Personally signed by Mortimer J. Adler
Easton Press, Norwalk, CT. 1995. Mortimer J. Adler "Adler's Philosophical Dictionary" Signed First Edition. Limited Collector's Edition bound in full genuine leather. Bound in gilt decorated maroon leather, raised bands on spine, all edges gilt, silk moire endpapers, and silk ribbon page marker. Sealed.
The man Time magazine has called "America's philosopher for everyman" provides an alphabetical inventory of the most used and abused terms in the philosophical lexicon. Adler offers the exact philosophical meaning, along with the ways in which the concept has been understood by generations of thinkers, from Aristotle onward. Discusses key philosophical terms and concepts, including eternity, chance, choice, duty, evil, honor, memory, beauty, happiness, and progress.
Indomitable and, now well into his nineties, seemingly eternal, America's foremost public philosopher produces his fifty-eighth book and one of the most useful. It consists of reasonably thorough definitions of some 125 terms (a few are just cross references to others) that reflect Adler's famous adherences to the Aristotelian mainstream of Western philosophy (if anything, Adler is downright anti-Kantian), to democracy and socialism (but not communism: Adler very cogently explains why communism is antithetical to socialism) as the political and economic practices most in accordance with the principles of justice, and to world government. The defined terms do not include philosophy's hardware words--ontology, epistemology, phenomenology, heuristics, etc.--but rather are its meat and potatoes--art, beauty, God, idea, etc. If, now and then, a definition seems to overlook crucial aspects of its term, Adler appends a list of sources of further elucidation in his own other books. A helpful and, aptly, thought-provoking little resource, perhaps even at the reference desk.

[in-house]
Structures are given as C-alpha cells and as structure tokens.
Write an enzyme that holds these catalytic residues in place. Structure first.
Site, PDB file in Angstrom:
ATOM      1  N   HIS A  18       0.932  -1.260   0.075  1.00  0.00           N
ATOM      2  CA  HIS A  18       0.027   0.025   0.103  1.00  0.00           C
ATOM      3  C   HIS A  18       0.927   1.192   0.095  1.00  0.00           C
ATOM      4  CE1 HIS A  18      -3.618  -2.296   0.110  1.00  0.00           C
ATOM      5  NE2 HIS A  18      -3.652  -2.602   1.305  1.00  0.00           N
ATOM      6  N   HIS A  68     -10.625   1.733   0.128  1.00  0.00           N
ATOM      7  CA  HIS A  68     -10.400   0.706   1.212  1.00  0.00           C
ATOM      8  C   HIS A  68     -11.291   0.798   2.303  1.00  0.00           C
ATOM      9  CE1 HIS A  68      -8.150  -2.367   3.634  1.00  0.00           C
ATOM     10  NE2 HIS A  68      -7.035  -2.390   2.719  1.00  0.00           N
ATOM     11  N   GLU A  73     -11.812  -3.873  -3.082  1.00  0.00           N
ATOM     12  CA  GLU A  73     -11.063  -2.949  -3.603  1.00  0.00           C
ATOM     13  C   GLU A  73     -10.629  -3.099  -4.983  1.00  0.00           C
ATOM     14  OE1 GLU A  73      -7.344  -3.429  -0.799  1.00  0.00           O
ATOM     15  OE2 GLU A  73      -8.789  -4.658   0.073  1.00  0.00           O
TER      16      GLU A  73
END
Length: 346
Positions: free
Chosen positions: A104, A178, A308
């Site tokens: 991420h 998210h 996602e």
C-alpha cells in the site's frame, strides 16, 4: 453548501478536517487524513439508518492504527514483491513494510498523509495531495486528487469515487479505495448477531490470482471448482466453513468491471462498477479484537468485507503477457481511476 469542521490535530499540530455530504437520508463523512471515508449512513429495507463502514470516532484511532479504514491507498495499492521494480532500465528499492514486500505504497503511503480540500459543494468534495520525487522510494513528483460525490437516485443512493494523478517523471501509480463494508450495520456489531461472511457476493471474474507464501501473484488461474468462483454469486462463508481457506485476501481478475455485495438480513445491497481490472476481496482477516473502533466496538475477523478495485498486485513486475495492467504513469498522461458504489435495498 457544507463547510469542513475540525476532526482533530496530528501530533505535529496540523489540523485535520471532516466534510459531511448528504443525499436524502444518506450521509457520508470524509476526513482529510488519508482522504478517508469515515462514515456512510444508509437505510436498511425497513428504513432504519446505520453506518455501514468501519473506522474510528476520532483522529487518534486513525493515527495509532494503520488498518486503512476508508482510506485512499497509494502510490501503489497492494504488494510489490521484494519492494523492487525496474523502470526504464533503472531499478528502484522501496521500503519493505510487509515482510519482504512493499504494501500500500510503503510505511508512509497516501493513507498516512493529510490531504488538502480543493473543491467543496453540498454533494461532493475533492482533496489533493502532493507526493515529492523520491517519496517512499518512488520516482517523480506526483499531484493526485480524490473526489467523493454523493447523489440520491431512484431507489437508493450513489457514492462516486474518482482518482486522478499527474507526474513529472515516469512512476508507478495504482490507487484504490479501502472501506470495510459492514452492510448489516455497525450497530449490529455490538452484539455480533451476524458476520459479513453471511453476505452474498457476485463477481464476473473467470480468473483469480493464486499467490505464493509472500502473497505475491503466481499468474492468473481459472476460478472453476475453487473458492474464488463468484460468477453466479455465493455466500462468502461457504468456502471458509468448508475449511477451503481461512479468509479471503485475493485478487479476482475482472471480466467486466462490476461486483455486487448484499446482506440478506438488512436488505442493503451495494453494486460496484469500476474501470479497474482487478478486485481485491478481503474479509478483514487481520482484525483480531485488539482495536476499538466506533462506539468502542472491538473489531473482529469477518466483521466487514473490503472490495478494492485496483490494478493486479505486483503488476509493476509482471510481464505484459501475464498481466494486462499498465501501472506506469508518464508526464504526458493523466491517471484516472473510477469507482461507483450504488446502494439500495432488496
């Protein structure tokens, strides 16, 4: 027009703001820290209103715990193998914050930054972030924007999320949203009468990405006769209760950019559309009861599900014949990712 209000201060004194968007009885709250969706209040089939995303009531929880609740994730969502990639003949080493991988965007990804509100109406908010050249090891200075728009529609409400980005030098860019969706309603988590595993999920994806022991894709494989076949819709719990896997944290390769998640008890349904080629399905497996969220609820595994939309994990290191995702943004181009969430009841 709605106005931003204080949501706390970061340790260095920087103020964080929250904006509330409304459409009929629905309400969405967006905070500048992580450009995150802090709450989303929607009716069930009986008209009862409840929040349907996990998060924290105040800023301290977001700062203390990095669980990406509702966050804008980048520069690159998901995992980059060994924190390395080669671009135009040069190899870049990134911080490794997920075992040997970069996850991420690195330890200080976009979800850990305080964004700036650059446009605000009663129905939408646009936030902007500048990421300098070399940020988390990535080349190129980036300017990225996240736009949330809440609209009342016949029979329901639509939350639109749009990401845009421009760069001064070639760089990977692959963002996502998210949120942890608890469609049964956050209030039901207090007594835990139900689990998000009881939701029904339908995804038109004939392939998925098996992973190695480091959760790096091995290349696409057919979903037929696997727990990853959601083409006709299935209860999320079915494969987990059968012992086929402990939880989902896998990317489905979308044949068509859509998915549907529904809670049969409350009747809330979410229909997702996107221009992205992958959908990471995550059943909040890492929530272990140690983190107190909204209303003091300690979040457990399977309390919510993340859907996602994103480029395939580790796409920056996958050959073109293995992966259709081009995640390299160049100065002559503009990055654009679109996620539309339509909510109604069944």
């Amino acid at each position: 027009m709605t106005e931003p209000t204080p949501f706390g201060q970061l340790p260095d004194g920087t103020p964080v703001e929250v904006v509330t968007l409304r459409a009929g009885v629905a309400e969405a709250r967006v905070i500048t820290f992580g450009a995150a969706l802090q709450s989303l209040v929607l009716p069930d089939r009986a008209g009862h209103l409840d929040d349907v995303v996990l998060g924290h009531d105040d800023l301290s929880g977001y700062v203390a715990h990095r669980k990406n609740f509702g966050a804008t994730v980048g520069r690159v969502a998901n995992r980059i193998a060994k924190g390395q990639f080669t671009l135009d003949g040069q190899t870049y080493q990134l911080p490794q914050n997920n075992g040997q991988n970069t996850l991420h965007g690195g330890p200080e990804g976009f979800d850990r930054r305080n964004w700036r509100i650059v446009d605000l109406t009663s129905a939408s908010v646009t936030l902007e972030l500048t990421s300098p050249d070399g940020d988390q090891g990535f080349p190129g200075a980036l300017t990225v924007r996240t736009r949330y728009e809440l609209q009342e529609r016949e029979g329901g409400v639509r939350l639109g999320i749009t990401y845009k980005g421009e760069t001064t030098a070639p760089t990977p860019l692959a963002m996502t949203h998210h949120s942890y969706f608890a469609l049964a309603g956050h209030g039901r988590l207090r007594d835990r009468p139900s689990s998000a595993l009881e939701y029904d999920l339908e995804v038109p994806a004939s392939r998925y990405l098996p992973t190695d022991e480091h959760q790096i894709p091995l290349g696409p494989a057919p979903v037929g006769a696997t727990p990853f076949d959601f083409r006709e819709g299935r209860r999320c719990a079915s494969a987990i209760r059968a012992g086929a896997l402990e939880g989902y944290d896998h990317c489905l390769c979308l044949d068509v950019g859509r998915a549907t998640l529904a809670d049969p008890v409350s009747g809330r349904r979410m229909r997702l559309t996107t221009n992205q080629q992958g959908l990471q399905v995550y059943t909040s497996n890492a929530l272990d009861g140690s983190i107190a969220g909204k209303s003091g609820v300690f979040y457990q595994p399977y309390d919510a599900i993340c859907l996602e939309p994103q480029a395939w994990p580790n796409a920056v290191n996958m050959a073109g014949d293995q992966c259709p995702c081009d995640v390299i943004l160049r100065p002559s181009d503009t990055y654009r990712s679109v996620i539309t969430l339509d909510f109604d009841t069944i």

The man William F. Buckley, Jr. calls "Our nation's pedagogue," Mortimer Adler is probably best known for his many best-selling books, his work in liberal education with Robert M. Hutchins at the University of Chicago, and his ongoing association with the Great Books and the Great Ideas of the Western World. In addition, he is responsible for a prodigious amount of dialectical work done through his Institute for Philosophical Research and as Chairman of the Board of Editors of Encyclopaedia Britannica. His Idea of Freedom and The Synopticon: An Index to the Great Ideas exemplify his dream of a summa dialectica of Western thought.
Now, in his fifty-eighth book, we find a summa philosophica - a summation of his doctrinal views on the 125 entries that range from Absolute and Relative to World Government. This affords the reader an opportunity to grasp the extraordinary compass of Adler's thought.
Following Aristotle's precept, "It is necessary to call into our council the views of our predecessors in order that we may profit by whatever is sound in their views and avoid their errors," Adler's book is replete with references to the great authors of the great books. From the ancients - Plato and Aristotle - to the moderns - Locke and Mill - to the contemporaries - Wittgenstein and Hawking, Adler displays his usual erudition.